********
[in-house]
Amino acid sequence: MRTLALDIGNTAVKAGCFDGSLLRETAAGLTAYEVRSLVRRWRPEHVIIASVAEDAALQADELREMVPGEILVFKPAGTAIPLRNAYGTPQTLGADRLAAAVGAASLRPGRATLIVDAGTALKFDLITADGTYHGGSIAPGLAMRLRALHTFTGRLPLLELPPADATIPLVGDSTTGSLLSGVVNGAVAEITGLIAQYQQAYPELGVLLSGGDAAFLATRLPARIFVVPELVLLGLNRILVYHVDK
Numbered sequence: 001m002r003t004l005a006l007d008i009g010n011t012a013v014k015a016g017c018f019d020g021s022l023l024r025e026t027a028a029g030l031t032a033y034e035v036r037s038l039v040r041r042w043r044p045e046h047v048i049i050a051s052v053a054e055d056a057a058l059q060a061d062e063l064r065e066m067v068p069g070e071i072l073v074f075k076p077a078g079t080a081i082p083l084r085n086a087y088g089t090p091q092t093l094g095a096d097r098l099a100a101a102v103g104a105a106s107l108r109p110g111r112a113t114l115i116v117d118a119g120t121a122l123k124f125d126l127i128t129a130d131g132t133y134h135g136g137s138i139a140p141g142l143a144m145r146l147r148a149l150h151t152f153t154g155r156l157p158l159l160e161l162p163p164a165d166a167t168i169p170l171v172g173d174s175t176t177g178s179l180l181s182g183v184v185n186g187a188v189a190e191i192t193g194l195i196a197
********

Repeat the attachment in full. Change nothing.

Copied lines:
[in-house]
Amino acid sequence: MRTLALDIGNTAVKAGCFDGSLLRETAAGLTAYEVRSLVRRWRPEHVIIASVAEDAALQADELREMVPGEILVFKPAGTAIPLRNAYGTPQTLGADRLAAAVGAASLRPGRATLIVDAGTALKFDLITADGTYHGGSIAPGLAMRLRALHTFTGRLPLLELPPADATIPLVGDSTTGSLLSGVVNGAVAEITGLIAQYQQAYPELGVLLSGGDAAFLATRLPARIFVVPELVLLGLNRILVYHVDK
Numbered sequence: 001m002r003t004l005a006l007d008i009g010n011t012a013v014k015a016g017c018f019d020g021s022l023l024r025e026t027a028a029g030l031t032a033y034e035v036r037s038l039v040r041r042w043r044p045e046h047v048i049i050a051s052v053a054e055d056a057a058l059q060a061d062e063l064r065e066m067v068p069g070e071i072l073v074f075k076p077a078g079t080a081i082p083l084r085n086a087y088g089t090p091q092t093l094g095a096d097r098l099a100a101a102v103g104a105a106s107l108r109p110g111r112a113t114l115i116v117d118a119g120t121a122l123k124f125d126l127i128t129a130d131g132t133y134h135g136g137s138i139a140p141g142l143a144m145r146l147r148a149l150h151t152f153t154g155r156l157p158l159l160e161l162p163p164a165d166a167t168i169p170l171v172g173d174s175t176t177g178s179l180l181s182g183v184v185n186g187a188v189a190e191i192t193g194l195i196a197